Just curious. Why did you throw out the Goodman and Amana quotes.
    Goodman contractor told me he wasn't up on technology and price was almost same as Carrier. Amana dealer has a really good reputation and offered good warranty but tried to package extra stuff in to make it seem like a deal.. it wasn't... and I didn't like his arrogance. Price was higher than all others. Oh yeah... Bryant guy said not to use a 2stage thermostat with a 2 stage furnace because it defies the logic built into the furnaces. Sound right?

  8. #8
    Join Date
    Jan 2004
    Location
    Lancaster PA
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    68,603
    Quote Originally Posted by Old College Try View Post
    Bryant guy said not to use a 2stage thermostat with a 2 stage furnace because it defies the logic built into the furnaces. Sound right?
    Not if you want comfort. best to let the thermostat control staging for comfort.
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  9. #9
    Join Date
    May 2007
    Location
    DC Metro Area (MD)
    Posts
    3,371
    Quote Originally Posted by Old College Try View Post
    Lennox EL296UH070XV36B, 70,000 btu, 10 year parts, 5 years labor (Actually dealer did recommend against variable speed and offered alternate model EL296E)

    Carrier Performance 59TP5A060, 60K btu, 10 year parts, 1 year labor (2 stage, variable - very confident in sizing and offered to run heat loss calc if we move forward)

    Bryant Preferred 925TA42060EIT, 60K btu, 10 year parts, 10 year labor, but requires service from them every year to maintain labor warranty (2 stage, variable - originally was convinced about 80K unit but ran quick calc (no measurements were taken except size of house)
    (offered discount on A/C unit if I replace at this time)
    (this dealer also recommended Payne as an alternative saying that they were identical with exception of cabinet aesthetics)
    The Carrier 59TP5 has a multi-speed ECM motor, but it isn't the same as a variable speed motor. Same with the Bryant 925T. Both are a step above standard PSC motors, but the variable speed motor provides more versatility and can help improve comfort in the summer. Would have to step up to the Infinity for that I believe.

  10. #10
    Quote Originally Posted by RyanHughes View Post
    The Carrier 59TP5 has a multi-speed ECM motor, but it isn't the same as a variable speed motor. Same with the Bryant 925T. Both are a step above standard PSC motors, but the variable speed motor provides more versatility and can help improve comfort in the summer. Would have to step up to the Infinity for that I believe.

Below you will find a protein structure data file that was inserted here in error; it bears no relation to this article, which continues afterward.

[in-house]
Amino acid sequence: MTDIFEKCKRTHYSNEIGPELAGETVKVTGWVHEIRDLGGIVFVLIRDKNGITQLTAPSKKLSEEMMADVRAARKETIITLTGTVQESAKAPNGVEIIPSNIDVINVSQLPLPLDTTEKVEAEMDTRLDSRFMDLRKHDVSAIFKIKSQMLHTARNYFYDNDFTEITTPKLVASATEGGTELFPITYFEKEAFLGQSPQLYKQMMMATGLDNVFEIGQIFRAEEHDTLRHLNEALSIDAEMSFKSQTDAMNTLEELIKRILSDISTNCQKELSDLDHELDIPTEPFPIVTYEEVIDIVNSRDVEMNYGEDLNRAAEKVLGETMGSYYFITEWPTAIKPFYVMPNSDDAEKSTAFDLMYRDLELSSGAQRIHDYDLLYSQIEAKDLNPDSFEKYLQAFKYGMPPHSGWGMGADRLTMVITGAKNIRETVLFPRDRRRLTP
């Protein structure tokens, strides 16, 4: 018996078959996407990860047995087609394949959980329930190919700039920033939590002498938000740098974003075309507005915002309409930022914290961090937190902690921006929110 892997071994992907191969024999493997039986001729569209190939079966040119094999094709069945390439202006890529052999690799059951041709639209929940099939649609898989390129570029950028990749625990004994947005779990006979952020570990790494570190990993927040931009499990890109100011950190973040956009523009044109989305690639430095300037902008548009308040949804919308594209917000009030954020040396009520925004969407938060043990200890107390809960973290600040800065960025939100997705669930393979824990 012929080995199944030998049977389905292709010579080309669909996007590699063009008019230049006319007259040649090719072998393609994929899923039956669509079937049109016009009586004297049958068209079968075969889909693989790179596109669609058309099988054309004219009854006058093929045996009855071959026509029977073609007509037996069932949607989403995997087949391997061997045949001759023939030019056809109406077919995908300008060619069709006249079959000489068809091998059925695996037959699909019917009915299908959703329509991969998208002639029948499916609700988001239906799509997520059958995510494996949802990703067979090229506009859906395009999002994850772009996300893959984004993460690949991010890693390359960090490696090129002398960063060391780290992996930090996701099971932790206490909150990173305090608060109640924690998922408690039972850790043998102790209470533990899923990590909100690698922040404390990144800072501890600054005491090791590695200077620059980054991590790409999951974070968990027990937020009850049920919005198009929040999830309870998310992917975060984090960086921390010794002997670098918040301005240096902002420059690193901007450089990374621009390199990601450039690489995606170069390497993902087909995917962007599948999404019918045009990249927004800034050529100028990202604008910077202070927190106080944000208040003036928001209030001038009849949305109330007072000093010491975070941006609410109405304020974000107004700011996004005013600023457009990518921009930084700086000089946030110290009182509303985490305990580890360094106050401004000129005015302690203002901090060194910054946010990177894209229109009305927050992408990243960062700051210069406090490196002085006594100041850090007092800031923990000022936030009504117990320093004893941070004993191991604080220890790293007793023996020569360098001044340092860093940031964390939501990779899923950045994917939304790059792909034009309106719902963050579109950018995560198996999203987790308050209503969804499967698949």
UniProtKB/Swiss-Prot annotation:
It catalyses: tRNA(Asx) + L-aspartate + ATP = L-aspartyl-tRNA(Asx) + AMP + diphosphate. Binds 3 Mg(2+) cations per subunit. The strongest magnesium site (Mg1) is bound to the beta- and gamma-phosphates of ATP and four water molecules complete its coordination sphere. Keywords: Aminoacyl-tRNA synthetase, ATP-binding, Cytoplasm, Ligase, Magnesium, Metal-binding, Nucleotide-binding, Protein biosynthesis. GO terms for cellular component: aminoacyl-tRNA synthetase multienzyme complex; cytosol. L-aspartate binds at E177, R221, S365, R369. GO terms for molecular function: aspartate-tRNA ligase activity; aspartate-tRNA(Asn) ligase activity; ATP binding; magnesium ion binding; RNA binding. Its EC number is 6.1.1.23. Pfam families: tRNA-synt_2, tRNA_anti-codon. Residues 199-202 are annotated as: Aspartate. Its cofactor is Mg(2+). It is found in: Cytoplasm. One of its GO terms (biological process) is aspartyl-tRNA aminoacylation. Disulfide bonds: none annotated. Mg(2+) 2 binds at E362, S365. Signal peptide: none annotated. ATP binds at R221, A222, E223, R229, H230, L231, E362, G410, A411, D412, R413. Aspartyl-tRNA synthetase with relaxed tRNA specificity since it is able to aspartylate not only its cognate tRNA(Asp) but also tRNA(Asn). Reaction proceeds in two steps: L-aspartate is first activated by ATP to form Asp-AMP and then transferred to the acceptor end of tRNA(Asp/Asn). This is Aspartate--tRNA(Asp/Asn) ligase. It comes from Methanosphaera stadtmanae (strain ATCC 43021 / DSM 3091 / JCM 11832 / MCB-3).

Thank you for pointing that out. Now I'm even more confused about what to do. Is it worth moving up to a 2 stage furnace with the multi-speed motor? Does the variable speed motor provide much benefit in heating or is it more about the cooling?

  11. #11
    Join Date
    Mar 2006
    Location
    The South
    Posts
    2,216
    All three of these furnaces are nice. If I am not mistaken, the Carrier and Bryant are similar if not identical, Carrier and Bryant are sister companies.

    Ryan is correct about the blower motor difference. You do get better dehumidification in AC cooling with variable speed blower motors. There are other benefits but I consider that to be the main one. What is your location?

    What thermostat was quoted for each system? Since all three have two stage heating, you want a true two stage thermostat that will give you best and full functionality of these furnaces.

    Anything about a whole house filter cabinet?

    Unless this is just a budget consideration, you should go ahead and give serious consideration to replacing your 18 yr old AC condenser now.

    You should see some good savings from these furnaces because of efficiency and getting sized correctly.

    IMO

  12. #12
    Can anyone explain the lennox constant torque motor to me? Is it like an ECM with different speeds? Is it better or worse? Talking about the EL296E

  13. #13
    Join Date
    May 2008
    Location
    Missouri
    Posts
    3,603
    The ECM motor is a constant torque, not a variable speed. It is a step up from standard motor, but below the cost of a variable speed. Once this variable speed motor or controls go out of warranty, you'll have a very expensive part to replace out of your pocket. Great motor, just gotta remember once out of warranty, it'll be expensive to replace.